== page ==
- Series: The Executive Bookshelf from the Sloan Management Review
- Hardcover: 232 pages
- Publisher: Oxford University Press; F First Edition edition (March 31, 1988)
- Language: English
- ISBN-10: 0195040856
- ISBN-13: 978-0195040852
- Product Dimensions: 6.4 x 0.9 x 9.6 inches
- Shipping Weight: 1.2 pounds
- Average Customer Review: 5.0 out of 5 stars See all reviews (4 customer reviews)
- Amazon Best Sellers Rank: #2,014,658 in Books (See Top 100 in Books)
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The Sources of Innovation (The Executive Bookshelf from the Sloan Management Review) F First Edition Edition
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"An important and interesting book. Meeting customers' needs through successful innovation is an extremely difficult challenge. Von Hippel provides a powerful method for understanding customers' needs when the mass of potential users may not yet understand their own needs."--Sloan Management Review
"An important study."--Robert J. Samuelson, Newsweek
"Each [of the book's two major studies] opens up new vistas on technical change, and for scholars interested in that topic this is must reading."--Journal of Economic Literature
"A path-breaking study."--Inc.
"This topic is important in modern business and industry, and the results of von Hippel's research could have wide-ranging implications for the way top management perceives the role of research and development....The book can be read by a broad audience--managers, graduate and undergraduate students, and thoughtful general readers."--Choice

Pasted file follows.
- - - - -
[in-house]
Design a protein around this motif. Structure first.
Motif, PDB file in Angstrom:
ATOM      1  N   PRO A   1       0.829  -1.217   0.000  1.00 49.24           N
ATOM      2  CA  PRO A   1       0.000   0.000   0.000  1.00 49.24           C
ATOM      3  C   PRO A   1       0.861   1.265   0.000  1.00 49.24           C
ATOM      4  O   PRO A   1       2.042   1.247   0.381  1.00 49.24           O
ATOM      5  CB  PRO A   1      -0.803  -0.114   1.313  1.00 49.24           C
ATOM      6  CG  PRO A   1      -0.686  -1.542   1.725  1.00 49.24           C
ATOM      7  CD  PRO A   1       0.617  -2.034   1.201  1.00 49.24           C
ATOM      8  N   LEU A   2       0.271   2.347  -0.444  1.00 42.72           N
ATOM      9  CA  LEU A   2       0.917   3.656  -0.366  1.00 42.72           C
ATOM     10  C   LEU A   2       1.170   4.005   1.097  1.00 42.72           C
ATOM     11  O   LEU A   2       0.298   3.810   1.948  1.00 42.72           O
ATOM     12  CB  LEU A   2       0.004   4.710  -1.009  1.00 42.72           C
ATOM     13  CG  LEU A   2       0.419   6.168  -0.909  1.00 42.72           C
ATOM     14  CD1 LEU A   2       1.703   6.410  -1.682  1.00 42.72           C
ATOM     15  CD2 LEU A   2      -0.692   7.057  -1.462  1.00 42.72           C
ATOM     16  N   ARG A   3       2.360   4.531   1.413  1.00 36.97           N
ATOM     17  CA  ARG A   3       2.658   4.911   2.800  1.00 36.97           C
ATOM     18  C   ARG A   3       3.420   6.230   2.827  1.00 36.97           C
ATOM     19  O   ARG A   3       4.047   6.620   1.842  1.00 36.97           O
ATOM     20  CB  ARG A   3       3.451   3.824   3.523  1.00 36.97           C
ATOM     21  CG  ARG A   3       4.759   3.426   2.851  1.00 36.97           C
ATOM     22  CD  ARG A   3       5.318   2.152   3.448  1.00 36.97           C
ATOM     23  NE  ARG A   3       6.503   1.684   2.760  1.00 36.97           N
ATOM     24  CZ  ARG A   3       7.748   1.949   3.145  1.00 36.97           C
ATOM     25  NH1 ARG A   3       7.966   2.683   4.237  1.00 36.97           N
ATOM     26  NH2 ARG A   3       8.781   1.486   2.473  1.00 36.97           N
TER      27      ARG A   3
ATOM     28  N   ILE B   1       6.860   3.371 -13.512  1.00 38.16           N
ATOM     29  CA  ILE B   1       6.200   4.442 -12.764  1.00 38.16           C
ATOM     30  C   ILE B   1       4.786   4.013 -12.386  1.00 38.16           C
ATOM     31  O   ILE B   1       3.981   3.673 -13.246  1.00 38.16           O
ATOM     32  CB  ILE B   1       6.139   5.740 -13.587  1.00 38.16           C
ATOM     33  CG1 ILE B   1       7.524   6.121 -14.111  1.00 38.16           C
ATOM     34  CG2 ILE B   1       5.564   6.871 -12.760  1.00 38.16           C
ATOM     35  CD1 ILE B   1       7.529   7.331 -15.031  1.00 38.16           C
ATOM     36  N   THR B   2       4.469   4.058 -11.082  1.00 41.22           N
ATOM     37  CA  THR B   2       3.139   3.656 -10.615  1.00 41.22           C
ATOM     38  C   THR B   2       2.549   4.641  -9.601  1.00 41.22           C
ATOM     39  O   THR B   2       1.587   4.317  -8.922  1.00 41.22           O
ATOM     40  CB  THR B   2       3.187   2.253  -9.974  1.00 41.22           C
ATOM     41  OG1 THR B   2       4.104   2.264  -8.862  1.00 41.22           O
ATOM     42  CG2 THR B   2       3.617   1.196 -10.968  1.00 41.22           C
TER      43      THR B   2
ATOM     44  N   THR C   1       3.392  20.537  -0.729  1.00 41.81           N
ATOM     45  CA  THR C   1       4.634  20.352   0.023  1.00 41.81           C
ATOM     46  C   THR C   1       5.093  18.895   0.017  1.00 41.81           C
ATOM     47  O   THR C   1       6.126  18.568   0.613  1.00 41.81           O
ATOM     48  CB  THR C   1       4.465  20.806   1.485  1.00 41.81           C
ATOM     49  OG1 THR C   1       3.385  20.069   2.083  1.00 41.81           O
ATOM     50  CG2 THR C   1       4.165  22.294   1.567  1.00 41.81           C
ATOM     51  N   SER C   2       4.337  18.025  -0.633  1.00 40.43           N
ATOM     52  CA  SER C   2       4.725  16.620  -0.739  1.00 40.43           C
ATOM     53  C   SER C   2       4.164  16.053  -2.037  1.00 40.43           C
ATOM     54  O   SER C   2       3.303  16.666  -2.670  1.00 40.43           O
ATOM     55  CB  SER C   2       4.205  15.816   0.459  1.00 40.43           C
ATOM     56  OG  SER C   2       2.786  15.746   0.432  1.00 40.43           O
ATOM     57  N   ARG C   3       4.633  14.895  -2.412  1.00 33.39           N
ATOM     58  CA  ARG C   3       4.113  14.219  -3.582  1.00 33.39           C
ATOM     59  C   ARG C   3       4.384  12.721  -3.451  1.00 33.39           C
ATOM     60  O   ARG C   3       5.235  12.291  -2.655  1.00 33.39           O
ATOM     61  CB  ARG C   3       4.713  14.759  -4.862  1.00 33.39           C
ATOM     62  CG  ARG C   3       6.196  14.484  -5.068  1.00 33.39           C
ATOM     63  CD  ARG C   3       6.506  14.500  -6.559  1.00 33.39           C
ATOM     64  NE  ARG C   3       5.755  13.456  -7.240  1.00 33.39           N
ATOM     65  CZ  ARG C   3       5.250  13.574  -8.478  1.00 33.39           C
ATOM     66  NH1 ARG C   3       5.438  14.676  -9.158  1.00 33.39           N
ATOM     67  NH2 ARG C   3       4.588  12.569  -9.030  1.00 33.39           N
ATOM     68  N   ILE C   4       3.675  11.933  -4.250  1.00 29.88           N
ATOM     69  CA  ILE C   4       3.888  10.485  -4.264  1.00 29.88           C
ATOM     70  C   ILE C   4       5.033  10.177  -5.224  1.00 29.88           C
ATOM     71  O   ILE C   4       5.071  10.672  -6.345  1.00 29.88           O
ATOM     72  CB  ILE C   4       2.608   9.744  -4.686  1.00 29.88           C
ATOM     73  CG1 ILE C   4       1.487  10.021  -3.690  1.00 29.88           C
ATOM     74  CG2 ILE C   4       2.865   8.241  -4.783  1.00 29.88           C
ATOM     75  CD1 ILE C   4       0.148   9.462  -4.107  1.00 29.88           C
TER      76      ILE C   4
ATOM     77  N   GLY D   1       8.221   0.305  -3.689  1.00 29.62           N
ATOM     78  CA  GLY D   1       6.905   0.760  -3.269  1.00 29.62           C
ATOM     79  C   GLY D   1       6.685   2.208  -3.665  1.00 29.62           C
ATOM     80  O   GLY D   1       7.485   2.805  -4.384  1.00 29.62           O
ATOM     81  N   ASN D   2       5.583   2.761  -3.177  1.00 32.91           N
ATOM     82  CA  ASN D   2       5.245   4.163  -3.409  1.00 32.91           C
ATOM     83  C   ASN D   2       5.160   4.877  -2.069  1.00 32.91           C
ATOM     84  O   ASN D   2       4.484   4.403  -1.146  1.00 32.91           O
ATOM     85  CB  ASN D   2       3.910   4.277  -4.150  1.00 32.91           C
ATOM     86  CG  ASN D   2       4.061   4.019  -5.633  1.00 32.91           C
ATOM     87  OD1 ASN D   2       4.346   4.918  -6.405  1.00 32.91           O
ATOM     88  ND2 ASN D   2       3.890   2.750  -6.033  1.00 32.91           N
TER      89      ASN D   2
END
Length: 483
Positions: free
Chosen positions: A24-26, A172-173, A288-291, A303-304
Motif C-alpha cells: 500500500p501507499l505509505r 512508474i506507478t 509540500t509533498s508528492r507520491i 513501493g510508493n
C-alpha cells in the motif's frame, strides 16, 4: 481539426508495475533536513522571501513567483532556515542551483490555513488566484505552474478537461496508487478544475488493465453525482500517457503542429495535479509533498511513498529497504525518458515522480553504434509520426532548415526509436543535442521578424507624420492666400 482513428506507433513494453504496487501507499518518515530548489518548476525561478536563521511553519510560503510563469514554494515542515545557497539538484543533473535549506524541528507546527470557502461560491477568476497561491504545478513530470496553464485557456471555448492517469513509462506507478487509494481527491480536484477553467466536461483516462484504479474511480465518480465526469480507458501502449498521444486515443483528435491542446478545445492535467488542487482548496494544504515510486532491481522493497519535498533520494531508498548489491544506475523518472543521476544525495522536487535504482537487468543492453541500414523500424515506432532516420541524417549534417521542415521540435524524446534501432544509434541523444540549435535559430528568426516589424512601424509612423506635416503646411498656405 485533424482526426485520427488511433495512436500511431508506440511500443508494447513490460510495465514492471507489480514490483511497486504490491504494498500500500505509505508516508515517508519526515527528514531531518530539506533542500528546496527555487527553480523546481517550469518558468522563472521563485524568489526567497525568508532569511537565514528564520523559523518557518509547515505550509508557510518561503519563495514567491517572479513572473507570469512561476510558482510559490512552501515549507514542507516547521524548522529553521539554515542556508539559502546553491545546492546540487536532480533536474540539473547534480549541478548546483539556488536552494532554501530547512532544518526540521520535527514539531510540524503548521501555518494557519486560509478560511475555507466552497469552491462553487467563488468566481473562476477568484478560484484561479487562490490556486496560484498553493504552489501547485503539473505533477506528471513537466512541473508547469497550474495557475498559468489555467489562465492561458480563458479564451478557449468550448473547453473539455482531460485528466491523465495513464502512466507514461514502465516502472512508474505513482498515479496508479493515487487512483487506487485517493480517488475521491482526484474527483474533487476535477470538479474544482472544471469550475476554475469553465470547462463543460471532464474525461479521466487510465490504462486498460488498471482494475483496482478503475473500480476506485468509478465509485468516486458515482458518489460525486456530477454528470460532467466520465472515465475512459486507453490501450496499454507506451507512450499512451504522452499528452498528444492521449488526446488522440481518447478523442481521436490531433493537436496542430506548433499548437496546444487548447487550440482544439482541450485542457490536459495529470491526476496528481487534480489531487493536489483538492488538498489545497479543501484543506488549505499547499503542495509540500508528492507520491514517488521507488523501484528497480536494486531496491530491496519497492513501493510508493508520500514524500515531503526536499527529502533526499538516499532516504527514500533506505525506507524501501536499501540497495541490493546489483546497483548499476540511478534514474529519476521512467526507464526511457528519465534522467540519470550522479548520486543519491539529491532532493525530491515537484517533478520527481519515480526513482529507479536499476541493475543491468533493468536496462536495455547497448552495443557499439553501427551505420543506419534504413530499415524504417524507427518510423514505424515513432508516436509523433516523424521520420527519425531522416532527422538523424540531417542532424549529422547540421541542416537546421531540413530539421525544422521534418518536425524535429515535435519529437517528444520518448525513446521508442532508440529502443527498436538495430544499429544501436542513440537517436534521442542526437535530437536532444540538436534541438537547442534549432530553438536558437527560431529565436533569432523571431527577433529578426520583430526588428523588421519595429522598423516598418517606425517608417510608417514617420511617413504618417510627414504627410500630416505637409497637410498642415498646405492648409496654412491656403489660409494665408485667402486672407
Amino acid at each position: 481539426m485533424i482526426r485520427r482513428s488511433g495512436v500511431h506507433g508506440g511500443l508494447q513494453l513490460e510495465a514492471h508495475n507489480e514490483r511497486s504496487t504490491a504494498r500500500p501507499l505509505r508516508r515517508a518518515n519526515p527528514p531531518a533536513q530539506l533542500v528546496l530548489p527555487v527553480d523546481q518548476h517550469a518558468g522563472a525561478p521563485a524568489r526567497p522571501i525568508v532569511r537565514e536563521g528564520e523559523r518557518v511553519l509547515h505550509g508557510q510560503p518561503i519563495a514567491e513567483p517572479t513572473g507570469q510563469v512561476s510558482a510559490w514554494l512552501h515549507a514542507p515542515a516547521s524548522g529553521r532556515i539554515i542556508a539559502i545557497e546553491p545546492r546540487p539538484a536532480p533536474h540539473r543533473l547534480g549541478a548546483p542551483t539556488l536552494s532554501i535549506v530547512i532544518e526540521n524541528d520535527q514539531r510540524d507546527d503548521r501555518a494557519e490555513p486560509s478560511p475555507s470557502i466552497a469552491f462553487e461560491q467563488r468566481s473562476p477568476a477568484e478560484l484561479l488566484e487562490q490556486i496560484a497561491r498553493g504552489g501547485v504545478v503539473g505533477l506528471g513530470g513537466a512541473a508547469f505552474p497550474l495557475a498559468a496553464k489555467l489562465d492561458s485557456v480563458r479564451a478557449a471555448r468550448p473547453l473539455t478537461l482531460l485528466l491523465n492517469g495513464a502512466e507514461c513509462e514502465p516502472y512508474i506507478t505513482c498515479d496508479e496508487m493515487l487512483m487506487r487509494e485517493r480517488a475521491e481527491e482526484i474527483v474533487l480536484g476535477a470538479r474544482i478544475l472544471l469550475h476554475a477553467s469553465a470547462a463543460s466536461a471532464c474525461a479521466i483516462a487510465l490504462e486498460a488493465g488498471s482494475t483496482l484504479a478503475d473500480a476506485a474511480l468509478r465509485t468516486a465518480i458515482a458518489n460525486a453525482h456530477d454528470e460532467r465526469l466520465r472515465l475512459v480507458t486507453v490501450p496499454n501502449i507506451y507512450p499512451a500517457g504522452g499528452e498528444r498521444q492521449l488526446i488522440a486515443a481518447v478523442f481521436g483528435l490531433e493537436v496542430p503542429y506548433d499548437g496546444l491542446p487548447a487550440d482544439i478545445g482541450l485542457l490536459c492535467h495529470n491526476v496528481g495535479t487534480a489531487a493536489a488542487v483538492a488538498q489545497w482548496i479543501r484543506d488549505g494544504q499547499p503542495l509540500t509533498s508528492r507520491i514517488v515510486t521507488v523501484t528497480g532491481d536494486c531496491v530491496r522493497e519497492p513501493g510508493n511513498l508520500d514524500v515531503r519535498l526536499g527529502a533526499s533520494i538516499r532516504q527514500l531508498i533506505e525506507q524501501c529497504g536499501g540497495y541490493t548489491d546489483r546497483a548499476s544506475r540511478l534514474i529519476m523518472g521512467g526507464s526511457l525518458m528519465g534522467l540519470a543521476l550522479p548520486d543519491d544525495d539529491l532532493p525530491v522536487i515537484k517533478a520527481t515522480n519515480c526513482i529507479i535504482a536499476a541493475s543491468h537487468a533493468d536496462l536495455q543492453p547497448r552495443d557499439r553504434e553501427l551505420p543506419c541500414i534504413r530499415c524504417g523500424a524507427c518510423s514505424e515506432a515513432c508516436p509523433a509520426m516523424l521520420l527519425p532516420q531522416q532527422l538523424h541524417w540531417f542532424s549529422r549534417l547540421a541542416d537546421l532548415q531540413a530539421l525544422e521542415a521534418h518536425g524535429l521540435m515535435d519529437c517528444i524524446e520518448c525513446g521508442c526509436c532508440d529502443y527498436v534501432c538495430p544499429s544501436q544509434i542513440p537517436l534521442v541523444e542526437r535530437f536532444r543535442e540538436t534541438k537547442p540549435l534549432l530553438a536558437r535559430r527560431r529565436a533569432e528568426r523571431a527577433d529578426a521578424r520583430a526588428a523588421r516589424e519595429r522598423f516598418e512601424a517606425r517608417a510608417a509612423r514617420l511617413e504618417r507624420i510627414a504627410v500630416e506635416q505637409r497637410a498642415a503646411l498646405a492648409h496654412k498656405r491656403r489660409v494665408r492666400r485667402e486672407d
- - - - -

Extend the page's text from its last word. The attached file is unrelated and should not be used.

"An important reference for future work on the characteristics of process innovation....Von Hippel's argument provides innovation managers with a powerful tool for identifying and addressing the nature of change that is needed within specific organizational structures."--RandD Management
"This book presents the results of pathbreaking research on two important topics. Von Hippel's research on the role of users in industrial invention, and, more generally, on the broader question of the locus of inventive activity in what the French call a filiere has changed the way that scholars of technological advance have looked at those questions. His more recent work, on technology sharing, has brought light to an aspect of technical change that scholars had not seen or understood before. This book will have a significant impact."--Richard R. Nelson, School of International and Public Affairs, Columbia University
"This book should be of widespread use to academic scholars and industrial managers interested in the fundamental processes of industrial innovation in the modern economy."--Edwin Mansfield, Director, Center for Economics and Technology and Professor of Economics, University of Pennsylvania
"Exciting new perspectives on the sources of innovation. The author's rich technological background and insight allow him to explain fundamental aspects of the innovation process that have been inaccessible to other researchers."--Anne P. Carter, Chair, Department of Economics, Brandeis University